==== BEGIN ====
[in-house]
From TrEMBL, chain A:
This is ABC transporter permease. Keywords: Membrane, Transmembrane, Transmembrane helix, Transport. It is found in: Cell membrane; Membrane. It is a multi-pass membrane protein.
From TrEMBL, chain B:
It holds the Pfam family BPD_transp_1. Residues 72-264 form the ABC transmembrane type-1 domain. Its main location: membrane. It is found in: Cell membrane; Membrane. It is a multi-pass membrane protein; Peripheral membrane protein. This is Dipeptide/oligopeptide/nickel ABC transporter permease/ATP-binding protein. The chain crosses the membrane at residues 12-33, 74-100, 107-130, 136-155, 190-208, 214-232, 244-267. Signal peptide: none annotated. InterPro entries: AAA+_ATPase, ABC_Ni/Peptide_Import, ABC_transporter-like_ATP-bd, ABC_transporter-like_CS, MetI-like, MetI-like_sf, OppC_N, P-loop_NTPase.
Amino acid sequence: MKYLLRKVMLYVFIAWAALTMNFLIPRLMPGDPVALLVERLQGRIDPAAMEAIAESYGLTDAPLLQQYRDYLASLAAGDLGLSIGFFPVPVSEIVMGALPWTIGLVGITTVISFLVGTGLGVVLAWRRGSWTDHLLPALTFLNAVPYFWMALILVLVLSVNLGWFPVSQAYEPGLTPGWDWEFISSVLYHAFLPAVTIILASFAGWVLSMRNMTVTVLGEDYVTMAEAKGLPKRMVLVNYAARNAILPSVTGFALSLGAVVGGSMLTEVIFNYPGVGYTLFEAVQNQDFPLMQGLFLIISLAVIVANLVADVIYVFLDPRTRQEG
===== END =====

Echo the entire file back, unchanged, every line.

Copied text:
[in-house]
From TrEMBL, chain A:
This is ABC transporter permease. Keywords: Membrane, Transmembrane, Transmembrane helix, Transport. It is found in: Cell membrane; Membrane. It is a multi-pass membrane protein.
From TrEMBL, chain B:
It holds the Pfam family BPD_transp_1. Residues 72-264 form the ABC transmembrane type-1 domain. Its main location: membrane. It is found in: Cell membrane; Membrane. It is a multi-pass membrane protein; Peripheral membrane protein. This is Dipeptide/oligopeptide/nickel ABC transporter permease/ATP-binding protein. The chain crosses the membrane at residues 12-33, 74-100, 107-130, 136-155, 190-208, 214-232, 244-267. Signal peptide: none annotated. InterPro entries: AAA+_ATPase, ABC_Ni/Peptide_Import, ABC_transporter-like_ATP-bd, ABC_transporter-like_CS, MetI-like, MetI-like_sf, OppC_N, P-loop_NTPase.
Amino acid sequence: MKYLLRKVMLYVFIAWAALTMNFLIPRLMPGDPVALLVERLQGRIDPAAMEAIAESYGLTDAPLLQQYRDYLASLAAGDLGLSIGFFPVPVSEIVMGALPWTIGLVGITTVISFLVGTGLGVVLAWRRGSWTDHLLPALTFLNAVPYFWMALILVLVLSVNLGWFPVSQAYEPGLTPGWDWEFISSVLYHAFLPAVTIILASFAGWVLSMRNMTVTVLGEDYVTMAEAKGLPKRMVLVNYAARNAILPSVTGFALSLGAVVGGSMLTEVIFNYPGVGYTLFEAVQNQDFPLMQGLFLIISLAVIVANLVADVIYVFLDPRTRQEG